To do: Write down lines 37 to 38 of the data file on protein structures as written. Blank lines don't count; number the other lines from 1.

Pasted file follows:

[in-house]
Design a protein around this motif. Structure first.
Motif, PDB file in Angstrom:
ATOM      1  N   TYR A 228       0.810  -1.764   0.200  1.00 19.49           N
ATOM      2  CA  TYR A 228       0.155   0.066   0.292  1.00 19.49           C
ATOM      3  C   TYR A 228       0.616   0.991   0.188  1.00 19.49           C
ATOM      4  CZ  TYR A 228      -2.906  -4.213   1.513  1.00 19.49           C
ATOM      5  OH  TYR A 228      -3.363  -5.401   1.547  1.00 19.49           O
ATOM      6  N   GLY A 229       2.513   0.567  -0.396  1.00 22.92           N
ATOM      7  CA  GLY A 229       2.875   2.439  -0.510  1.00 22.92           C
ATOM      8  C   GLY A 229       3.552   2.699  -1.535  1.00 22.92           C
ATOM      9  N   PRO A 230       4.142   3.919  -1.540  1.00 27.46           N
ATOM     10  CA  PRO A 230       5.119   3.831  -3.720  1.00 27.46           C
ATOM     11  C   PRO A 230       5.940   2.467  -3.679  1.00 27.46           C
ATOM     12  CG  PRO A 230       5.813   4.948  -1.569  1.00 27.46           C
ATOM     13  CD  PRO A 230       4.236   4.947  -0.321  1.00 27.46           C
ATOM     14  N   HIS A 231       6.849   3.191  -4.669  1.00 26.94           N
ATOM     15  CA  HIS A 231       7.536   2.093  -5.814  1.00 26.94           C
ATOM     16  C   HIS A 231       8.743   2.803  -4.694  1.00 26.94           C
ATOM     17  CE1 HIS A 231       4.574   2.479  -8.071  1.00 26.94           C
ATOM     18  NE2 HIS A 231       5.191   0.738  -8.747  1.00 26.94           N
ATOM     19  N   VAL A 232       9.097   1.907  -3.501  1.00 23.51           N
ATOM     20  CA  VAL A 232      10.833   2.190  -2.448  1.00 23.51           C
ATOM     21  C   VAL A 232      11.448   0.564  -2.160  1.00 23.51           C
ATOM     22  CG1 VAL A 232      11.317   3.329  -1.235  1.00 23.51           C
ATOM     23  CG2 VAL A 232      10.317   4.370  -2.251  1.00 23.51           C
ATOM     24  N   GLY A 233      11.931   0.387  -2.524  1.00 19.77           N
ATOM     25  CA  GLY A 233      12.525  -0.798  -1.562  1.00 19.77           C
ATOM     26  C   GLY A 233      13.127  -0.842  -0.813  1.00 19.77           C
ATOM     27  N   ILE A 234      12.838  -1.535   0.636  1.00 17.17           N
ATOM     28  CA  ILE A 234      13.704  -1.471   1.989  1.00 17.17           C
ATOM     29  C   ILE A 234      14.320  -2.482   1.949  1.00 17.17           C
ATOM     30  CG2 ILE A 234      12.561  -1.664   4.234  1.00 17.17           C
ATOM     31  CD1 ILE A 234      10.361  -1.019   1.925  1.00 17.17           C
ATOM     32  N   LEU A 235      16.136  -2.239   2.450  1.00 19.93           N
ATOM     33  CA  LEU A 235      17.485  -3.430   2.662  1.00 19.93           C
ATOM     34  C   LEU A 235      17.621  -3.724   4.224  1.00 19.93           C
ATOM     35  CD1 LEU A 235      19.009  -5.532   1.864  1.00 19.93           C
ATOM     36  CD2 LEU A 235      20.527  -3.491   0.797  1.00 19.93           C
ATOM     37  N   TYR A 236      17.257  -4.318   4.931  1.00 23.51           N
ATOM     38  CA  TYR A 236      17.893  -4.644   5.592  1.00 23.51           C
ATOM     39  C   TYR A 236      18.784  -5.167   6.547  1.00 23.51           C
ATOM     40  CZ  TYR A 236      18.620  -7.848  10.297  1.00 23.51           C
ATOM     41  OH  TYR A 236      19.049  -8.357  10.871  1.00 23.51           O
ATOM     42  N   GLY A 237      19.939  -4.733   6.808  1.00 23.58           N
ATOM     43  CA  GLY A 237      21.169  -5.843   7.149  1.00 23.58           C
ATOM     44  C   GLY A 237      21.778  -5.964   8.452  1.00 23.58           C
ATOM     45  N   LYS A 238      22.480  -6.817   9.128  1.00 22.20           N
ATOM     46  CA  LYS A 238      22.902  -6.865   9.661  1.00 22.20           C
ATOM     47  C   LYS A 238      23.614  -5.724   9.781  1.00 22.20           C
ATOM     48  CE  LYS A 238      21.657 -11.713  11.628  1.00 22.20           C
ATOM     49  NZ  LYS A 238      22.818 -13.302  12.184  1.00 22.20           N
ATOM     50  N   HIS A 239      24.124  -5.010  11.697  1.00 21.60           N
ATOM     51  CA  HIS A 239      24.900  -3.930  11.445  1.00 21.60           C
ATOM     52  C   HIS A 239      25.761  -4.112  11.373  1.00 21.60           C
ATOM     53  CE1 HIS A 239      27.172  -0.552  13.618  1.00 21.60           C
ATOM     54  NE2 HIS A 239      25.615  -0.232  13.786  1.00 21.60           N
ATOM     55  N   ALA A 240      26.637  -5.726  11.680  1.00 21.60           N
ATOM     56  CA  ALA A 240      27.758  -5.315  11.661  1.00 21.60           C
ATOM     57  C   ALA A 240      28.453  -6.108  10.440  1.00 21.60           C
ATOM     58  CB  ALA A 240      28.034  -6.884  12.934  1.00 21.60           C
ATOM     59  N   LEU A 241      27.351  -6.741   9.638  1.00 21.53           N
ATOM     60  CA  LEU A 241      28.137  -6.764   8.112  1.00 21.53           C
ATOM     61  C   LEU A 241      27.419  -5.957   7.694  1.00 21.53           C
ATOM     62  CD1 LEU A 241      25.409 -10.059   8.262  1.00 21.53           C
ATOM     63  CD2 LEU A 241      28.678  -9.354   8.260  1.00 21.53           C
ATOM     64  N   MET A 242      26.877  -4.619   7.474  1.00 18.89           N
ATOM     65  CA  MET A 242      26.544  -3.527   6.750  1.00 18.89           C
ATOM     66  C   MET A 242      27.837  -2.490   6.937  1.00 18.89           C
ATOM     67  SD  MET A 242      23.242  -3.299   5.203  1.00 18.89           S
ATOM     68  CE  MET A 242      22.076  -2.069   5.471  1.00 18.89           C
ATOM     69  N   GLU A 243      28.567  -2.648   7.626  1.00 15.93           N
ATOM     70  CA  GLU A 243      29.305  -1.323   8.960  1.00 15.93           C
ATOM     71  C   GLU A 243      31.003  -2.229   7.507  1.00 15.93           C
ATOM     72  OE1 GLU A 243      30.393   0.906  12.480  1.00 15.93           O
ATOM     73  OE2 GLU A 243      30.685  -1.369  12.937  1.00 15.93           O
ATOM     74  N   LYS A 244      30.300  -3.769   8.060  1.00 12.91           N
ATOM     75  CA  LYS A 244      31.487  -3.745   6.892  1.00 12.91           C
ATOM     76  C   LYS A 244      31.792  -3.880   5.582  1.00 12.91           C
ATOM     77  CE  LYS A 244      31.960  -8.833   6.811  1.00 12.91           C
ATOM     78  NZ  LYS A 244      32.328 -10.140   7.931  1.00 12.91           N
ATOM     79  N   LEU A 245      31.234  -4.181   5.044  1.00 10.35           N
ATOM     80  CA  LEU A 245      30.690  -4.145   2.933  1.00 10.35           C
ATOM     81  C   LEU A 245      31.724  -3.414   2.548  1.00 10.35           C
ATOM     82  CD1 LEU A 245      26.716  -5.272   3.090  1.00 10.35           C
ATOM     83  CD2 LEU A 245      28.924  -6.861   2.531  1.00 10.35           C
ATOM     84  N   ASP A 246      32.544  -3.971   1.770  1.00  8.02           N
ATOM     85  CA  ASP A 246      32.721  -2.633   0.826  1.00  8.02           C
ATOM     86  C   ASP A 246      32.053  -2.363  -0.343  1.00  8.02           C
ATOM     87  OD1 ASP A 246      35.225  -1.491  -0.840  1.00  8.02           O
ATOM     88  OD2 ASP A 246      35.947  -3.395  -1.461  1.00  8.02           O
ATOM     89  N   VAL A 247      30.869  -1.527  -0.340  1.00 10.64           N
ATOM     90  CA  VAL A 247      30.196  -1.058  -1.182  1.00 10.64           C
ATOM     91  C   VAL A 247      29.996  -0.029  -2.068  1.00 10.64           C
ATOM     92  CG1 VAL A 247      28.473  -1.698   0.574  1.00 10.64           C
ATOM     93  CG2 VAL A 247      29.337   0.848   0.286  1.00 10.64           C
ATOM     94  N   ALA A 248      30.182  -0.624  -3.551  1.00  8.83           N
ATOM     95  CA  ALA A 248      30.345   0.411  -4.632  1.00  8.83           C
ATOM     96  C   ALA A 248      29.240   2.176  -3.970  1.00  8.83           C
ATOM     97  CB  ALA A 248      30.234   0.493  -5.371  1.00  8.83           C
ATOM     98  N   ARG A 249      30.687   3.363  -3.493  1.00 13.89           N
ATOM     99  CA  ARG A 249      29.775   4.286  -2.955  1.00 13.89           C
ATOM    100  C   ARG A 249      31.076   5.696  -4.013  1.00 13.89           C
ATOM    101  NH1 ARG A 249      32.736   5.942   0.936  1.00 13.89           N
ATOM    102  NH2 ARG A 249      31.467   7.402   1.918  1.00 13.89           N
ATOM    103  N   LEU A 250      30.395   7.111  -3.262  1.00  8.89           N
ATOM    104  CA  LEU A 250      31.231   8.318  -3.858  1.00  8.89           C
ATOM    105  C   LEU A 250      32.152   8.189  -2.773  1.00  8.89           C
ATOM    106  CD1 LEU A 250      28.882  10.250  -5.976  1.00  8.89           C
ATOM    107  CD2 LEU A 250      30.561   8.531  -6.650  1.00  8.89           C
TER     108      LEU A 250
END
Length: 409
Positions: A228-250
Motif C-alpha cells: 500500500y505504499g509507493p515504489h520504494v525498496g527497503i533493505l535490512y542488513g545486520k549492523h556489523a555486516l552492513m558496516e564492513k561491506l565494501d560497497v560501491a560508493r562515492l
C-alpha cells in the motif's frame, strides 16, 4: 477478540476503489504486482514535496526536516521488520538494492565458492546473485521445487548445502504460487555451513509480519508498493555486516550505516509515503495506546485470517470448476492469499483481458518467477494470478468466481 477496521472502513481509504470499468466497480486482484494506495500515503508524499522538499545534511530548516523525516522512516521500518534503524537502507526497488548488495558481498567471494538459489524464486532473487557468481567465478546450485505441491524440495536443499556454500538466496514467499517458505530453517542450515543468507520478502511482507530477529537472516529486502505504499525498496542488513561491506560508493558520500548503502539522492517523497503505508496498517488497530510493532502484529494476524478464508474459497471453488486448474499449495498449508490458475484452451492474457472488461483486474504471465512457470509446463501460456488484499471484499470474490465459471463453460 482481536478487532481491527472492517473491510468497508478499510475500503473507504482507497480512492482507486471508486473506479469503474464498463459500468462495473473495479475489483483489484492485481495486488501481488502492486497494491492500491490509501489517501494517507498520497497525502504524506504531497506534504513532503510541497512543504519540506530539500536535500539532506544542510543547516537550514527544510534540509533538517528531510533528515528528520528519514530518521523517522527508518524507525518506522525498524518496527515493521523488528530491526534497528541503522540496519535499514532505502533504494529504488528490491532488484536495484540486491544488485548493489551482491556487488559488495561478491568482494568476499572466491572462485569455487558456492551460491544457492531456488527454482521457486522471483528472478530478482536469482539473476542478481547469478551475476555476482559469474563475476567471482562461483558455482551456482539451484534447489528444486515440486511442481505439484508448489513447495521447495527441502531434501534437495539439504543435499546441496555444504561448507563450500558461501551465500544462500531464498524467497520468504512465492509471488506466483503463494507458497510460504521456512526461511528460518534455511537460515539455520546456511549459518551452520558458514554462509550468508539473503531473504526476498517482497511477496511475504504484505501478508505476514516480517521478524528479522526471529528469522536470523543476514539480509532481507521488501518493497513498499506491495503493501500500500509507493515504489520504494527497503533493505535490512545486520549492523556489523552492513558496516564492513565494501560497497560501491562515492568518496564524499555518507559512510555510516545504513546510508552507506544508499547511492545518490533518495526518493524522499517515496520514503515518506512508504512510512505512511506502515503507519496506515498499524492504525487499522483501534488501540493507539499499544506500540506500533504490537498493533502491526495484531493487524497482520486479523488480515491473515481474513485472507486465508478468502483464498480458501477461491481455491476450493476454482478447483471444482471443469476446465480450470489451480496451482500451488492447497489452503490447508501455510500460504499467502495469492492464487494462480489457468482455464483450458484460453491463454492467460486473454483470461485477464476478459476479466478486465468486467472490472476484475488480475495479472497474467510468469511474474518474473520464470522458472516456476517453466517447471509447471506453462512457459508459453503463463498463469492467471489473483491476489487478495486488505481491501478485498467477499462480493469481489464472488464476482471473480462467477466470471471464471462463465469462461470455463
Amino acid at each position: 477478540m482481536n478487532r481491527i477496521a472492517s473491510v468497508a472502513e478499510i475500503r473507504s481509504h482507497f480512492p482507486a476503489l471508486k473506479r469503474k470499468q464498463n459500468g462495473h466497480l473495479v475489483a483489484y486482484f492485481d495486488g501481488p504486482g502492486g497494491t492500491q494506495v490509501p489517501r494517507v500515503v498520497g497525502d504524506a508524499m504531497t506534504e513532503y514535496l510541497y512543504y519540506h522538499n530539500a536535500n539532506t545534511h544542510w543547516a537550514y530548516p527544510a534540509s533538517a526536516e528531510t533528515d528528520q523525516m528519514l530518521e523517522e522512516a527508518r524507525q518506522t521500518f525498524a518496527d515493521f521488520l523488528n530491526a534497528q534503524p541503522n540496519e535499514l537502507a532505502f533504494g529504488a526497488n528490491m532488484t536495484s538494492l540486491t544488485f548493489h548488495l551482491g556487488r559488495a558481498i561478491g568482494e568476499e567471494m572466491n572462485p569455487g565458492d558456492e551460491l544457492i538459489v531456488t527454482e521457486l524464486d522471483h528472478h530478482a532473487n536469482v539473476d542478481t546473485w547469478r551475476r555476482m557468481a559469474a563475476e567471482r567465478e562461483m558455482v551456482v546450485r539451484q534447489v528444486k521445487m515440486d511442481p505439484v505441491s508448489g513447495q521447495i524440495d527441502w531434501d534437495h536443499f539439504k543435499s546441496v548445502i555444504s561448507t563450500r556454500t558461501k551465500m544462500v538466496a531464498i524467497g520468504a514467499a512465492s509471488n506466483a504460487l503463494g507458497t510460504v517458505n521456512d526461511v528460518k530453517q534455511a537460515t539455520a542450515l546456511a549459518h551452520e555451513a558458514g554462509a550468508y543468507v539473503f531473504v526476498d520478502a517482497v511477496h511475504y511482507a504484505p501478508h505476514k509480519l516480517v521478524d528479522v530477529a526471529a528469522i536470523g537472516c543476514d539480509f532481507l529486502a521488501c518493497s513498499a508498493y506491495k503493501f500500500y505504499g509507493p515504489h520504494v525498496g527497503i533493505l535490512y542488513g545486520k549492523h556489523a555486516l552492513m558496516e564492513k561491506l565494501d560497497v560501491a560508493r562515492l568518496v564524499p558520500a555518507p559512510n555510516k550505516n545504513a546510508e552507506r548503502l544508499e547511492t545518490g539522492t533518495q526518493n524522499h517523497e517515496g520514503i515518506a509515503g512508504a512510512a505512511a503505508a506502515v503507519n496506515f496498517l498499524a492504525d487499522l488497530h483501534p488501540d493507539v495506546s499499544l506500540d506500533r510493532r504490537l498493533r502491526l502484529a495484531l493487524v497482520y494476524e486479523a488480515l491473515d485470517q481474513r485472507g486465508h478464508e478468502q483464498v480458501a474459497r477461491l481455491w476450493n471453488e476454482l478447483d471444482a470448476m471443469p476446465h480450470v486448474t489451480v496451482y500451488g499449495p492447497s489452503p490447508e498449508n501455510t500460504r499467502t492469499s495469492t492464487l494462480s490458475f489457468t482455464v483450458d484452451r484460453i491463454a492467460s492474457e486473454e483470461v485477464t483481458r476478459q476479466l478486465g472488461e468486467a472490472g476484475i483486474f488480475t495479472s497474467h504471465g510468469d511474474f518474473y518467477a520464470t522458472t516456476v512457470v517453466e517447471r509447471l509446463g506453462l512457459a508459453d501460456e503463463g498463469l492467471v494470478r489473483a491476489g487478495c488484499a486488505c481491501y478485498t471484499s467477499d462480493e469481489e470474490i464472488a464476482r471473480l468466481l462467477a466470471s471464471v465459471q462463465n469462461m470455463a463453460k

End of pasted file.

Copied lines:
ATOM     34  C   LEU A 235      17.621  -3.724   4.224  1.00 19.93           C
ATOM     35  CD1 LEU A 235      19.009  -5.532   1.864  1.00 19.93           C